Ben is an economics and mathematics student at the University of Canterbury, who will complete a joint honours degree in 2017. His career intention is to engage with the global economic research community and strengthen his understanding of how that research benefits society. His core academic interests are in dynamic optimisation in competitive and uncertain environments, and incentive structures in the consumption of natural resources and public goods.
Next year Ben will undertake advanced coursework in microeconomics, econometrics, dynamical systems, and optimisation theory at the University of Canterbury.
Forthcoming from Motu
This is a new biannual email listing some of the publications Motu hopes to release over the next six months. It is designed to inform policy analysts and researchers of upcoming research and analysis. If you would like to receive this information (twice a year), please subscribe to the ‘Forthcoming from Motu’ email here.
2016 Annual Report
Motu's Annual Report for 1 July 2015 to 30 June 2016 is now available on our website. If you wish to receive a hard copy of the Annual Report, please email us and we will send this to you shortly.
Urban Productivity Estimation with Heterogeneous Prices and Labour - Working Paper 16-21 by Dave Maré
This study estimates differences in productivity (mfp) across New Zealand urban areas, with a focus on the size of Auckland’s productivity premium. The estimates are based on analysis of firm-level data from Statistics New Zealand’s Longitudinal Business Database. The methods used in the paper overcome some of the biases that arise in standard approaches to spatial productivity estimation - biases arising from imperfect competition, spatial price variation, firm heterogeneity, and labour-sorting across cities. Ignoring these factors leads to biased estimates of the Auckland’s relative productivity performance. The study also investigates industry differences in spatial productivity patterns.
Who’s Going Green? Decomposing the Change in Household Consumption Emissions 2006 - 2012 - Working Paper 16-20 by Corey Allan and Suzi Kerr
We update the analysis of Allan et al. (2015) and re-examine whether New Zealand households have become greener consumers using newly available data. We combine input-output data from 2006 and 2012 with detailed data on household consumption from the 2006 and 2012 Household Economic Surveys (HES) to calculate the greenhouse gas emissions embodied in household consumption. We confirm many of our previous findings; that emissions increase less than proportionately with expenditure, and that there is significant variation in expenditure elasticities across consumption categories. We test for a change in household emissions over time and decompose this change into improvements in production efficiency and changes in households. We find that average household emissions fell by 11% between 2006 and 2012. We attribute 1.7 percentage points of this decrease to changes in households, with the remaining 9.3 percentage points from changes in emissions intensities. The majority of the change due to households is a result of changes in household behaviour rather than a change in household characteristics. Emissions from household energy fell markedly between 2006 and 2012, driven by a reduction in the emissions intensity of electricity and a decrease in household electricity consumption.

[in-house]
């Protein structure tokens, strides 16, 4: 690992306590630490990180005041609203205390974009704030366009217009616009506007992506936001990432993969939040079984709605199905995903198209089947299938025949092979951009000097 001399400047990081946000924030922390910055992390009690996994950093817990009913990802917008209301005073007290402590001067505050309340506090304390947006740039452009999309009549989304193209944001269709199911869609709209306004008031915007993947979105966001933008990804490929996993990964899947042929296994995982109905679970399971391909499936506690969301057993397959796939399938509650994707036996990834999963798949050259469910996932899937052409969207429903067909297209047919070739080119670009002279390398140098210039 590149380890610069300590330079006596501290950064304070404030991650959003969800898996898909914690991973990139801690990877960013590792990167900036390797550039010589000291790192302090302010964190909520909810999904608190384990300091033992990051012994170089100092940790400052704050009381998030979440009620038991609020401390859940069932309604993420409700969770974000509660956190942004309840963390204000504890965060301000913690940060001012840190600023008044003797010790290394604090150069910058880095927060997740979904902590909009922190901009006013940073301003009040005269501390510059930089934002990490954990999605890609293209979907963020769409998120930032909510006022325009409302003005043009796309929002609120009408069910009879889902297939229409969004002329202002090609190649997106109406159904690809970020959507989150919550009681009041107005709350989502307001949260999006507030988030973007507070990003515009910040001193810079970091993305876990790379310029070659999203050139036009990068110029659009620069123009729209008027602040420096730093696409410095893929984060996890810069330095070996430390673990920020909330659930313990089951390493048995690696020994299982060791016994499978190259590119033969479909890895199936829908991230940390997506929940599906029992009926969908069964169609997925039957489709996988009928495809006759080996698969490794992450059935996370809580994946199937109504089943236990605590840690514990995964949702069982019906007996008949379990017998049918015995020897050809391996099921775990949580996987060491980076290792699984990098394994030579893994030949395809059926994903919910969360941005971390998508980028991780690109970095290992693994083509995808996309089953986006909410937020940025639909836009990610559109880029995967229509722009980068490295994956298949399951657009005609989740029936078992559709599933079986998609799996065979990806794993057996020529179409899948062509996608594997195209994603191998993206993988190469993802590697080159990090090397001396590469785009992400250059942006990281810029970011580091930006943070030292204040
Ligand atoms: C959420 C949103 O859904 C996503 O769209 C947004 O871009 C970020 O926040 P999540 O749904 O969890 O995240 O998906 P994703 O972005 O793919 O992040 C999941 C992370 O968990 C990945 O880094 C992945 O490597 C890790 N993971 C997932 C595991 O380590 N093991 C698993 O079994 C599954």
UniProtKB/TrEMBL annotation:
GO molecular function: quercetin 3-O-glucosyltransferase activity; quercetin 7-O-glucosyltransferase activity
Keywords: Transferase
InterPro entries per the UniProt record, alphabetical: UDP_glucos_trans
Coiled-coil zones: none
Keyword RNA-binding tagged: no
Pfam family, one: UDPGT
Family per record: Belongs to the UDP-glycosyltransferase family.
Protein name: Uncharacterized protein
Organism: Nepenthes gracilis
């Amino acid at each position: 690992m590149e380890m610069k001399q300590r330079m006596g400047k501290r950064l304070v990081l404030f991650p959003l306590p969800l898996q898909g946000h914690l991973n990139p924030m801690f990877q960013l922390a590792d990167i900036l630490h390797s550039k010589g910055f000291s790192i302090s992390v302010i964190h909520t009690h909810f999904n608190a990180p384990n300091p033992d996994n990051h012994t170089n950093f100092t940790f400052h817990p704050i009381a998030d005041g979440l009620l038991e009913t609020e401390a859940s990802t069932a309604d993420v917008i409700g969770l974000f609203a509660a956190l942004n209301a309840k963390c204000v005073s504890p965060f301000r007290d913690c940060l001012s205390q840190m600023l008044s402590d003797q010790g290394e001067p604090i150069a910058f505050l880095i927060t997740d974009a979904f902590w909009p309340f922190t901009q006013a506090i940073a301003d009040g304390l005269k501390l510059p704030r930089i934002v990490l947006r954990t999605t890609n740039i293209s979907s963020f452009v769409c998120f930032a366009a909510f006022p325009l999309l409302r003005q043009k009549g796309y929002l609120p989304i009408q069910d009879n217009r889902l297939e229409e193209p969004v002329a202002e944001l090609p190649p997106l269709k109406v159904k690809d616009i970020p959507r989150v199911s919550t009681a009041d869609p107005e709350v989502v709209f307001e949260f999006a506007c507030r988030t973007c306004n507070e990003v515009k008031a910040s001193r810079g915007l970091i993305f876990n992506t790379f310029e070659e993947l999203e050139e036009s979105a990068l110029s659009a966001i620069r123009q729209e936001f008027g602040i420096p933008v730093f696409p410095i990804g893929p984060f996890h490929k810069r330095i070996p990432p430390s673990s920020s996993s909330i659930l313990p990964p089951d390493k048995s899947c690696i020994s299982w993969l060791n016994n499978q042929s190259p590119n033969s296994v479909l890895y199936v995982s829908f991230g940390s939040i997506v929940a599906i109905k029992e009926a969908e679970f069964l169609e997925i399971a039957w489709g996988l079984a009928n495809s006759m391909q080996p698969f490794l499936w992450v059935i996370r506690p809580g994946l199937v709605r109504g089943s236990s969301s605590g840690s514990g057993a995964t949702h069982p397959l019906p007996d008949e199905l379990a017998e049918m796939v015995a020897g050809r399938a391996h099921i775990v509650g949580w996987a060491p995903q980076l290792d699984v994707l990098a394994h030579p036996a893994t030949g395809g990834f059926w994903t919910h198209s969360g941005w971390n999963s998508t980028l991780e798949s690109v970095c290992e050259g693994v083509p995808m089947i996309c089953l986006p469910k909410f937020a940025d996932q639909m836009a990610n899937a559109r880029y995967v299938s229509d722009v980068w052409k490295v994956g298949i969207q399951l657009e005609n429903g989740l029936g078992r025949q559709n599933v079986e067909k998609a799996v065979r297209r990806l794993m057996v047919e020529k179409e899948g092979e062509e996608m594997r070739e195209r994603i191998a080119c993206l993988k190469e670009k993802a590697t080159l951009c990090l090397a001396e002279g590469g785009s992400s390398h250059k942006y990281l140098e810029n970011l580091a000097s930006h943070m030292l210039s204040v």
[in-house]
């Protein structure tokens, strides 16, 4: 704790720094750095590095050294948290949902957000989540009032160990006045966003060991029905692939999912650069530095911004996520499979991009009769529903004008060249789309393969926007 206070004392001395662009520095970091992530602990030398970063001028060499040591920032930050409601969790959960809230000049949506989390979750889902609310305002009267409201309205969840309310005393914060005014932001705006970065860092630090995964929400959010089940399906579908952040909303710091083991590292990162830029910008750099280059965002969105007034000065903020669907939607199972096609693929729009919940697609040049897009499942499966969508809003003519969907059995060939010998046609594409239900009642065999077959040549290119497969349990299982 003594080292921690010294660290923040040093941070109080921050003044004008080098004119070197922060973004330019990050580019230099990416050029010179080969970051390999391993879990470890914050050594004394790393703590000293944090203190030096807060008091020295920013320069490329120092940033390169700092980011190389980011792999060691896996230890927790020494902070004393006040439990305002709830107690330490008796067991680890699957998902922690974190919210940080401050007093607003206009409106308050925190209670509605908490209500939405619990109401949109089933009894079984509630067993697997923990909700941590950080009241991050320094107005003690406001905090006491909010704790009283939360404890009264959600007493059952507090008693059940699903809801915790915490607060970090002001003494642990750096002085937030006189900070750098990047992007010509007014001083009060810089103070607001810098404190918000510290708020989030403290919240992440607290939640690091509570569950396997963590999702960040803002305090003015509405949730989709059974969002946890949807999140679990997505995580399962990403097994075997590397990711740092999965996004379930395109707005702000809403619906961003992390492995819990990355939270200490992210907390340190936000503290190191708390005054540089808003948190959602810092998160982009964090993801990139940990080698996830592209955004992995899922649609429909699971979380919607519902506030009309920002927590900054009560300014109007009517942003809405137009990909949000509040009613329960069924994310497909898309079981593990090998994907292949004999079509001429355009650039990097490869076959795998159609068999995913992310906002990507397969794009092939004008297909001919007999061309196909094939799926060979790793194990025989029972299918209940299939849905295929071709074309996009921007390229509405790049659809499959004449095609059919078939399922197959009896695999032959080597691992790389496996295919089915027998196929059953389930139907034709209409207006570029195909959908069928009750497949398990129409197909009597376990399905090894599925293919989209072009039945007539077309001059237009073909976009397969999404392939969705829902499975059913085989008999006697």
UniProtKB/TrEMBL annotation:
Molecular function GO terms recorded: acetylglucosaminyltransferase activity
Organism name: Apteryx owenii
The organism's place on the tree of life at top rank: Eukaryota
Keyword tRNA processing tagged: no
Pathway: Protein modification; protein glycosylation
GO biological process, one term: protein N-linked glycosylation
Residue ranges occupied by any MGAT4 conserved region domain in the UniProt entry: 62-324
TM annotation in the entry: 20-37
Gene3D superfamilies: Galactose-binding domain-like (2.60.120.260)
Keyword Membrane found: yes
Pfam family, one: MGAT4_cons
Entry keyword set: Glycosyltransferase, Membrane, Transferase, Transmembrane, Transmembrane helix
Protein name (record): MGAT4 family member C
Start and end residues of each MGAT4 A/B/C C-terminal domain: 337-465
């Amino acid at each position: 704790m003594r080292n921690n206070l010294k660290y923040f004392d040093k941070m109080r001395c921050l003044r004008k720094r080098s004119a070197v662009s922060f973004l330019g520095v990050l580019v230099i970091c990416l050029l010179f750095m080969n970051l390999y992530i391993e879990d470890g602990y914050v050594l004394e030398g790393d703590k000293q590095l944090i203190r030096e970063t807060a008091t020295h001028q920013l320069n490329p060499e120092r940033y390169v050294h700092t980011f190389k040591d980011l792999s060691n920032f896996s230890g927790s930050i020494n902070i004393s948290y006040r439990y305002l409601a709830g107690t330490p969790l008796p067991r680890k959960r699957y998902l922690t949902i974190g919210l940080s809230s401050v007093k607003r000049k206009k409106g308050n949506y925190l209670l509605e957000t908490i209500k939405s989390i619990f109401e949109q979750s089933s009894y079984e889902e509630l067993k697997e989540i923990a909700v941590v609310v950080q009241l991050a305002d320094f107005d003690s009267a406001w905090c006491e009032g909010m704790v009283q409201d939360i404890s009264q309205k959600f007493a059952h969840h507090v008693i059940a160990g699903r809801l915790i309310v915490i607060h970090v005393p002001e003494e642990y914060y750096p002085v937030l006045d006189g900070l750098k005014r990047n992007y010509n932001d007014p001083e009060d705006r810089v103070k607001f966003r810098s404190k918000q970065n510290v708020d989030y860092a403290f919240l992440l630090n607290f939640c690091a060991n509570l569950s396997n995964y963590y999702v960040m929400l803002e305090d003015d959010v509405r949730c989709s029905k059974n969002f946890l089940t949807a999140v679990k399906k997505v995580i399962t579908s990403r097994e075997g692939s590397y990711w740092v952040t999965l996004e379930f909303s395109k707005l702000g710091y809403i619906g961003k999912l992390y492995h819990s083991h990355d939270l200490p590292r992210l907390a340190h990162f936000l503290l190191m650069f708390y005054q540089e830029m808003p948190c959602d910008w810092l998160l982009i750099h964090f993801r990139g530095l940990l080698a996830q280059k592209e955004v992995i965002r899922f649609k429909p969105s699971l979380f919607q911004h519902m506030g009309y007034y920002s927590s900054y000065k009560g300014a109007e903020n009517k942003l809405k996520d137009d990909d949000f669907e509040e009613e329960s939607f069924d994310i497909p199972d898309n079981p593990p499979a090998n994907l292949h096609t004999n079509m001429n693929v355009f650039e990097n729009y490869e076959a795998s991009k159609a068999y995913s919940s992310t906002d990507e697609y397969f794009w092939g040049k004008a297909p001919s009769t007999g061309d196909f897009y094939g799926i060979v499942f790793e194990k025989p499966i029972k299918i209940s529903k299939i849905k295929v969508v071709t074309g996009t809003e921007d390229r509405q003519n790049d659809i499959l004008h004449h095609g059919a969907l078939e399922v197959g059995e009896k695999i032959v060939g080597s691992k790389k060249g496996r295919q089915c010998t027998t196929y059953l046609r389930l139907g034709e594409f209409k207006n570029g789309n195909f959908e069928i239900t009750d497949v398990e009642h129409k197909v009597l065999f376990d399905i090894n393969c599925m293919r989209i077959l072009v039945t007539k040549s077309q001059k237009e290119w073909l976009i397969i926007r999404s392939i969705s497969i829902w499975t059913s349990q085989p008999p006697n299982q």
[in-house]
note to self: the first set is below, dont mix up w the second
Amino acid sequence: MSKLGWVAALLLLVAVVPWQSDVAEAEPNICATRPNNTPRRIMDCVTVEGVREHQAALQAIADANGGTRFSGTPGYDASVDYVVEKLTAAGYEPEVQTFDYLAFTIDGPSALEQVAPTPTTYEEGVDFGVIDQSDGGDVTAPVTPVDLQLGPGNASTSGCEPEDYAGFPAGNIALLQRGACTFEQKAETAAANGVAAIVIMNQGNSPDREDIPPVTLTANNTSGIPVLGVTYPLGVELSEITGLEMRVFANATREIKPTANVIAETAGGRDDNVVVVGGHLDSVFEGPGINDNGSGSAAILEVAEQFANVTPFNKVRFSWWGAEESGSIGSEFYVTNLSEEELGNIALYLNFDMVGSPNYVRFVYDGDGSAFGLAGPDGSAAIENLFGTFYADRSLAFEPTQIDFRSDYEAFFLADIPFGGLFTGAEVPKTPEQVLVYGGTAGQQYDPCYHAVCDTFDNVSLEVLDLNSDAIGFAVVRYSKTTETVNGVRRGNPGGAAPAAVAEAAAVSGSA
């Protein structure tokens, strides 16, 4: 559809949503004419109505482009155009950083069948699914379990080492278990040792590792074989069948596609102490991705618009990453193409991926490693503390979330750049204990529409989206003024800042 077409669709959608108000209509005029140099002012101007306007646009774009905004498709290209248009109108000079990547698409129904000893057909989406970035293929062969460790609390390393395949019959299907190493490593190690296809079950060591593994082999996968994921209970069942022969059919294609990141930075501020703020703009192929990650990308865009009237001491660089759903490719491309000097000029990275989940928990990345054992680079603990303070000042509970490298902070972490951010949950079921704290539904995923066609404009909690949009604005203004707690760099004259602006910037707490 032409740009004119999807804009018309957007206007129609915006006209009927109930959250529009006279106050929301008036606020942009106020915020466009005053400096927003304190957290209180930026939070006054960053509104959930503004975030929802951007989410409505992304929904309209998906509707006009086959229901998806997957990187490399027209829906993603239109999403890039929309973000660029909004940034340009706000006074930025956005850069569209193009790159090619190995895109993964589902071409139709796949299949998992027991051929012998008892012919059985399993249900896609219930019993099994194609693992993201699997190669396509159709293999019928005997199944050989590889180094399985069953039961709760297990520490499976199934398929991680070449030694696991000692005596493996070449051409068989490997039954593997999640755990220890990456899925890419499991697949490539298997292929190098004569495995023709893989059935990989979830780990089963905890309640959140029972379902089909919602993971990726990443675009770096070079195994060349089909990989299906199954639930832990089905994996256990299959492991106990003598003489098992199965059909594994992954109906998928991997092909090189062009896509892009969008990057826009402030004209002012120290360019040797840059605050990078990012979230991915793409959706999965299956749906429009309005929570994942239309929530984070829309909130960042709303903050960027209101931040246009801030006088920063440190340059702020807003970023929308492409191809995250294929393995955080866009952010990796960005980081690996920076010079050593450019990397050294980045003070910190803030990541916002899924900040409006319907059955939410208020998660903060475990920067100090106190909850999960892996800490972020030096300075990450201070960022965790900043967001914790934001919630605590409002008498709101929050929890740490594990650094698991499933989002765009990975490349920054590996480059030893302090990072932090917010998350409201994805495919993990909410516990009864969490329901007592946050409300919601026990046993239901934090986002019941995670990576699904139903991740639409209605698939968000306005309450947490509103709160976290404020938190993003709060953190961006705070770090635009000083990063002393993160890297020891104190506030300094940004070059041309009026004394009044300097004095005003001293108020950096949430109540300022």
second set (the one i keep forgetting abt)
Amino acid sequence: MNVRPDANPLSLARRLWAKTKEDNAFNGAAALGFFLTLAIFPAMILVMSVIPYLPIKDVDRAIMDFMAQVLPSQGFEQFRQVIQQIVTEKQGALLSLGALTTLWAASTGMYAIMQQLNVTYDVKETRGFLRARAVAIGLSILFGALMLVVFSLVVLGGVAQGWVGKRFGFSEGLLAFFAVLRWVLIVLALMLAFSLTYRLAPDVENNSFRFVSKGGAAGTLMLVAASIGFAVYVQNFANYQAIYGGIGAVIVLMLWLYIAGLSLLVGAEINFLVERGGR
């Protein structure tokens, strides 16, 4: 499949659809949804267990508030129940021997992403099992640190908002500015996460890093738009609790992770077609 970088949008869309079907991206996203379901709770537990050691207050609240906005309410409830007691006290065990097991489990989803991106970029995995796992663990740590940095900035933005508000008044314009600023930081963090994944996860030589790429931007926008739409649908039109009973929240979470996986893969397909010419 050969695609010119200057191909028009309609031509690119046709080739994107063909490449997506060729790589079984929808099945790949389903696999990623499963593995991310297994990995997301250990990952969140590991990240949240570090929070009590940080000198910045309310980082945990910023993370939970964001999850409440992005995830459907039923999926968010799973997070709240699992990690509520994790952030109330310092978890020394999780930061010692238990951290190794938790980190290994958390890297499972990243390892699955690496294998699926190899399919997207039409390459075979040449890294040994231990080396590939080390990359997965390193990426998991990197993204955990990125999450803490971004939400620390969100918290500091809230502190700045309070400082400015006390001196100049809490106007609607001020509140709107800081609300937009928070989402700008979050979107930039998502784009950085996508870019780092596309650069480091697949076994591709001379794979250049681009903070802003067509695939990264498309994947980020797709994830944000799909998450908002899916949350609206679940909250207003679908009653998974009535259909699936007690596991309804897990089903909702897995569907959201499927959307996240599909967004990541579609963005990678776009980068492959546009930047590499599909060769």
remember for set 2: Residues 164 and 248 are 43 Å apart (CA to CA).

Employment misclassification in survey and administrative reports - Working Paper 16-19 by Dean Hyslop and Wilbur Townsend
This paper analyses measurement error in the classification of employment. We show that the true employment rate and time-invariant error rates can be identified, given access to two measures of employment with independent errors. Empirical identification requires at least two periods of data over which the employment rate varies. We estimate our model using matched survey and administrative data from Statistics New Zealand’s Integrated Data Infrastructure. We find that both measures have error, with the administrative data being substantially more accurate than the survey data. In both sources, false positives are much more likely than false negatives. Allowing for errors in both sources substantially affects estimated employment rates.
Earnings Dynamics and Measurement Error in Matched Survey and Administrative Data - Working Paper 16-18 by Dean Hyslop and Wilbur Townsend
This paper analyses the measurement error and earnings dynamics of two sources of individuals' annual earnings from Statistics New Zealand's Survey of Family, Income and Employment (SoFIE) and administrative linked employer-employee data (LEED) earnings reported in the Integrated Database Infrastructure (IDI).
Cows, Sheep and Science: A Scientific Perspective on Biological Emissions from Agriculture - Working Paper 16-17 by Michele Hollis,Cecile de Klein, Dave Frame, Mike Harvey, Martin Manning, Andy Reisinger, Suzi Kerr, and Anna Robinson
Biological emissions from agriculture (methane and nitrous oxide) make up almost half New Zealand’s total greenhouse gas emissions, so their importance relative to carbon dioxide is of particular policy interest. Motu Economic and Public Policy Research brought together a group of New Zealand climate change and agriculture specialists to respond to questions posed by the Parliamentary Commissioner for the Environment on the science.
Agricultural Emissions Mitigation in New Zealand: Answers to Questions from the Parliamentary Commissioner for the Environment - Working Paper 16-16 by Suzi Kerr
This paper explores how New Zealand should address agricultural greenhouse gas emissions: methane and nitrous oxide. The starting point is the internationally agreed-upon goal of limiting global warming to below two degrees, and New Zealand’s commitment to contribute its ‘fair share’ to the international climate-change mitigation effort. The report focuses on the role of mitigating biological agricultural emissions within that, and how New Zealand could most cost-effectively mitigate its own emissions and contribute to the mitigation of agricultural emissions abroad.
Yield to Change: Modelling the Land-use Response to Climate Driven Changes in Pasture Production - Working Paper 16-15 by Levente Timar
In contrast to most economic drivers of land-use change, climate-related drivers display substantial geographic variation. Accounting for this spatial heterogeneity is important in simulations of the land-use response to climate change. I use a discrete choice model to estimate the relationship between pasture yields and rural land use.